“I make it a point to pick up my children from school at half past three. So then I stop working and I start working again in the evening and at the weekends.” (Freelancer E)
“We had children, so the combination of work and family became more complicated. My wife also had a career. So I decided: ‘I will stay home and look after the children and work as a freelancer’.” (Freelancer F)
At the same time, irregular working hours can be perceived as difficult to live with and consequently a disadvantage:
“For example, news stories about the police, firemen,.. (..). It can wreck you. With three or four hours sleep at night, you are a wreck at the end of the week and this has an impact on your social life.” (Freelancer S)
“Actually, it never stops. You always work. It’s okay for family life, but for yourself, personally, you are never done. It’s very stressful. You are really never done. And if you decide not to work, you don’t earn anything.” (Freelancer C)
Curious to read more? See one of the BCJS next blog posts or go to:
De Cock, R., De Smaele, H. (2016). Freelancing in Flemish news media and entrepreneurial skills as pivotal element in job satisfaction: perspectives of masters or servants?. Journalism Practice, 10 (2), 251-265.
The staff of the Brussels Center for Journalism Studies (BCJS) in a clockwise order, starting from the upper left corner: Chris Verschooten (expert in international journalism and Indian news media research), Koenraad Du Pont (research interests in international journalism with a special focus on Italy and France), Hedwig de Smaele (journalism culture and in-depth knowledge of Russian news media), Lutgard Lams (expert in media discourse studies, Chinese and Taiwanese press narratives), Stefan Mertens (senior researcher in journalism culture and expert in news diversity) and Rozane De Cock (director of BCJS, expertise in news analysis, news production and news effects studies).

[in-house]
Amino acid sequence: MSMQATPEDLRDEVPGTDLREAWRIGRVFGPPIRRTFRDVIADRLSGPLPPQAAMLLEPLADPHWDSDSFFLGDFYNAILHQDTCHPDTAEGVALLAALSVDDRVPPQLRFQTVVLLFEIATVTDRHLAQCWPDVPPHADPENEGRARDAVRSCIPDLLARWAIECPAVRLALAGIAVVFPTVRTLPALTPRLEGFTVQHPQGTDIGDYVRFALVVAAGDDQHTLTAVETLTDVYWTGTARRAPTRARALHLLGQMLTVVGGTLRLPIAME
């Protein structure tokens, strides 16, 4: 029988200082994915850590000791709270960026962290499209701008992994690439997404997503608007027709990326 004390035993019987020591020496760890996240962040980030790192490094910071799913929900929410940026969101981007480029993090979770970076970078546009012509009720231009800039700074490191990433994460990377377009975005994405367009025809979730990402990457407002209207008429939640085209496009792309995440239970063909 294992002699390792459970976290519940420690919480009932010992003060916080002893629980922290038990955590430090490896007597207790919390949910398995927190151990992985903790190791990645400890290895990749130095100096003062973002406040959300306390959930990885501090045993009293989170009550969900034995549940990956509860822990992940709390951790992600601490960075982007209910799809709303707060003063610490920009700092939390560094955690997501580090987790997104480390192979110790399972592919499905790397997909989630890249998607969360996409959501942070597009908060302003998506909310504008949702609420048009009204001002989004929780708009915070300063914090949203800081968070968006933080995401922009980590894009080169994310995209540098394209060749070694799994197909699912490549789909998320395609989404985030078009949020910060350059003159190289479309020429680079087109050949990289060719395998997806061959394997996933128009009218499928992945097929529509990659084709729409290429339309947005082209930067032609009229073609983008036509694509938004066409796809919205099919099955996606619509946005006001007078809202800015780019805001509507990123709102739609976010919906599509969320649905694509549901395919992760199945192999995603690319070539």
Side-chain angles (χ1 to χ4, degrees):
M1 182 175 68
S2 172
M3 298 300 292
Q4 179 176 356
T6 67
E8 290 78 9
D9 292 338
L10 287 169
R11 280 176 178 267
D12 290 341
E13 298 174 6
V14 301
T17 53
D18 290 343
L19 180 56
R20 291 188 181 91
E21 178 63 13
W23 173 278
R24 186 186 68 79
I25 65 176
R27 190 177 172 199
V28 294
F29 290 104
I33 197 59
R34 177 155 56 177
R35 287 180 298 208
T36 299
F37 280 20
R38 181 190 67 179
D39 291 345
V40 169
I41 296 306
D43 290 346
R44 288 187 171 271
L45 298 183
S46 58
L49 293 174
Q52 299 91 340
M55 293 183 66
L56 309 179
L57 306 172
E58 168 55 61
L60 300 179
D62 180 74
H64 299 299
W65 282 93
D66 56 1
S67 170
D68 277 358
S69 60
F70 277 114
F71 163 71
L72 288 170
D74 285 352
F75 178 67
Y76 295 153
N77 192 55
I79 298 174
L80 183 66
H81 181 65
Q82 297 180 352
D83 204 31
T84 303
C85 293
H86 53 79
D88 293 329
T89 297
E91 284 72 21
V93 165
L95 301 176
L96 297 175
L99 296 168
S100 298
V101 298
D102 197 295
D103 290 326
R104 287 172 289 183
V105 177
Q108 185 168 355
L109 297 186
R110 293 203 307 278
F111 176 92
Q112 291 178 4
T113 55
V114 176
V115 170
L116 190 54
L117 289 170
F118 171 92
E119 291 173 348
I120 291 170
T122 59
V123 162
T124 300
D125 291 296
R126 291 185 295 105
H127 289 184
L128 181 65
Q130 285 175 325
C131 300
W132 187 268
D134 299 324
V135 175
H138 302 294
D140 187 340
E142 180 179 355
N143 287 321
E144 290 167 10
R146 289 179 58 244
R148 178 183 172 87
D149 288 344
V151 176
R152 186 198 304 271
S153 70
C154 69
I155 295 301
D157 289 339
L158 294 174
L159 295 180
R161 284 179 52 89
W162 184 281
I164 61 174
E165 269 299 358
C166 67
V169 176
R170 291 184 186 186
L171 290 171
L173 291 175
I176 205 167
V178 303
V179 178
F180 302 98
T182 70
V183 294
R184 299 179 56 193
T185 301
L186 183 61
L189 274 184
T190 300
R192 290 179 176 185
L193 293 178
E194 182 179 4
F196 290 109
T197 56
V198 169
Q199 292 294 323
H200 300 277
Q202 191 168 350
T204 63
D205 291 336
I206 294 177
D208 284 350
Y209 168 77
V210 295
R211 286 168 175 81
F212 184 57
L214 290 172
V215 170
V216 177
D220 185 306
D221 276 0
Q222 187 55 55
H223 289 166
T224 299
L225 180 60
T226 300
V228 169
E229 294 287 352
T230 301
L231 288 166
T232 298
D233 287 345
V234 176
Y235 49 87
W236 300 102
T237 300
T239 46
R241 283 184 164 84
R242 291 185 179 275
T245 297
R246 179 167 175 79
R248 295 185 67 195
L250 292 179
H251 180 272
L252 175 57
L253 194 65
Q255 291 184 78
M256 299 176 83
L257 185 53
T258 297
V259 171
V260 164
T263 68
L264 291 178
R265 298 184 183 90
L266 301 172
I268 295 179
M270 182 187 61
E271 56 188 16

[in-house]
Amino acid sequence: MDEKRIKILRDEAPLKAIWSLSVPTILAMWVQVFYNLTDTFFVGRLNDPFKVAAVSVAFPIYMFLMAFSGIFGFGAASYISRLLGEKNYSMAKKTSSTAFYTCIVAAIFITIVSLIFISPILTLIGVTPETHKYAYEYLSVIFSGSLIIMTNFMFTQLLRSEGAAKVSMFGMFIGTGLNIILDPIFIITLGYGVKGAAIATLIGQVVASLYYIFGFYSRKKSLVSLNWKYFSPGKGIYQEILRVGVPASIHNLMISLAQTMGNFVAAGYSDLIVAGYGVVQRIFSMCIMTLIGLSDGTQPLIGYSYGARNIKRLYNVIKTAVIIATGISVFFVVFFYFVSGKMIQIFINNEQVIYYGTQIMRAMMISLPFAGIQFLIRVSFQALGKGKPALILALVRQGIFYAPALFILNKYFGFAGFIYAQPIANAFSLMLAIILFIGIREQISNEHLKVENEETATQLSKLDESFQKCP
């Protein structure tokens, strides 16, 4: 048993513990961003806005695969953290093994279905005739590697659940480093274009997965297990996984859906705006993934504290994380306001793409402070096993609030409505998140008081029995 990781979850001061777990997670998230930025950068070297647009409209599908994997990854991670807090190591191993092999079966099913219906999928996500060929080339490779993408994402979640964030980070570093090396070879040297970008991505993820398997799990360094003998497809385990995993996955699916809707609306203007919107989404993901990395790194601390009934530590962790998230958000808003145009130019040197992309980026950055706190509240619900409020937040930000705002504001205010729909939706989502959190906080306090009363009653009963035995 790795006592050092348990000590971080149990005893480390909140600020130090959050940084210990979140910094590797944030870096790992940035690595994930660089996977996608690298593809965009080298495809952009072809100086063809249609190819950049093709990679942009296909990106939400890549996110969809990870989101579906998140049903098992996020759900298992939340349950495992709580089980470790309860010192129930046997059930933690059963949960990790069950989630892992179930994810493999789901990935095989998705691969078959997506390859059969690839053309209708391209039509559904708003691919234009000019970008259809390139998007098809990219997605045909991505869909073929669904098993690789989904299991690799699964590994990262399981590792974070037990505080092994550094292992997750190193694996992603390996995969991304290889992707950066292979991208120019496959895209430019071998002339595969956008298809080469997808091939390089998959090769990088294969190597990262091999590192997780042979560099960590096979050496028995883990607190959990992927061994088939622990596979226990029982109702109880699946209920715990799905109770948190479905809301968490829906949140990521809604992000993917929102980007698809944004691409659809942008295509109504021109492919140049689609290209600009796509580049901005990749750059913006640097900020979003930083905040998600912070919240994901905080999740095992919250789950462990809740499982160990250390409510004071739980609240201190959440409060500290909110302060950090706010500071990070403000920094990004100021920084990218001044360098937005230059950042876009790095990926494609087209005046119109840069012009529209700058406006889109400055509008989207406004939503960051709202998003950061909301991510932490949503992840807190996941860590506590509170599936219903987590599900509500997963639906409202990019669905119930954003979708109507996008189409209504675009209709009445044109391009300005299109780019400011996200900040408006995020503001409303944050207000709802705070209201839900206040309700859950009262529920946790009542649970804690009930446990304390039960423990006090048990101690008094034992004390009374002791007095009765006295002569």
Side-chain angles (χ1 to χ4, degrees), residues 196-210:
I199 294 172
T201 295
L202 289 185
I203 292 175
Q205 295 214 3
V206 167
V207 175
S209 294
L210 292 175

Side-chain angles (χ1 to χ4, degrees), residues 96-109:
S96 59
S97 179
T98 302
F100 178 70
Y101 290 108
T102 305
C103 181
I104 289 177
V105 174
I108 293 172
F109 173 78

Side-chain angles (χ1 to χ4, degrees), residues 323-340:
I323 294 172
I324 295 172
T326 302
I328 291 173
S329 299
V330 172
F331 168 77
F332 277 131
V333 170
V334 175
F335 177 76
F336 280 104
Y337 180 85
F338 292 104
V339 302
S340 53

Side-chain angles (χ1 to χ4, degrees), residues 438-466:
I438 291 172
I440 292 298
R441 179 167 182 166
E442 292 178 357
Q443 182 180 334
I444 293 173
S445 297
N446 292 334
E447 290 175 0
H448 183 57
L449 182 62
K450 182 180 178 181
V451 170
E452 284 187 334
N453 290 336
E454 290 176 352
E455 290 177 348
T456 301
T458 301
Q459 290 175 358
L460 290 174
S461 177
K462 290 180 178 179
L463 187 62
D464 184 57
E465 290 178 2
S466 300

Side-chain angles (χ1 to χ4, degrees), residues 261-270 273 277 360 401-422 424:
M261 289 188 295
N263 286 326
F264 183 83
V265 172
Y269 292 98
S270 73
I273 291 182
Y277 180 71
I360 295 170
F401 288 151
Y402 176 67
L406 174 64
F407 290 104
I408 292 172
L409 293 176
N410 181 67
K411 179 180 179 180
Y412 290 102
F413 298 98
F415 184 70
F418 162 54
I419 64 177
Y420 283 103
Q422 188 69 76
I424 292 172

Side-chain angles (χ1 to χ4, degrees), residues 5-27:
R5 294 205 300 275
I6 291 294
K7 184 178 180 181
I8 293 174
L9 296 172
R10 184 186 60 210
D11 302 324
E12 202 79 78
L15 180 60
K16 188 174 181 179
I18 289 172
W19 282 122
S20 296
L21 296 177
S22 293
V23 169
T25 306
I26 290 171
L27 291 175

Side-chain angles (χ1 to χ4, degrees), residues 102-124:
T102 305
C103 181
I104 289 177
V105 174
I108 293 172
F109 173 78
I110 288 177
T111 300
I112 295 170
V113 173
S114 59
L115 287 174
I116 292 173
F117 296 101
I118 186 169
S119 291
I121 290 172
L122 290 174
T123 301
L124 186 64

Representations of Islam in the News
A Cross-Cultural Analysis
Edited by Stefan Mertens and Hedwig de Smaele
The representation of Islam is unquestionably a critical test for comparing journalistic reporting across countries and cultures. The Islamic religion has weight in international reporting (defining what we termed “foreign Islam”), but it is also the religion of numerically important minority groups residing in Europe (“national Islam”).The first part of the book is “setting the scene.” Three chapters provide insights in dominant patterns of the representation of Islam as detected by various authors and studies involved with Islam representation in Europe.
Part two, the core section of the book, contributes to the development of the field of comparative journalism studies by comparing several countries and six media systems in Western Europe: the Dutch-speaking part of Belgium (Flanders), the French-speaking part of Belgium (Wallonia), the Netherlands, France, Germany, and the U.K.
Part three of this book presents two reception studies, one qualitative and the other quantitative. Equally important, as the bulk of attention goes to Western Europe, is the extension towards the representation of Muslims and Islam outside Western Europe.
Part four of the book is devoted to the representation of Islam in Russia, China, and India.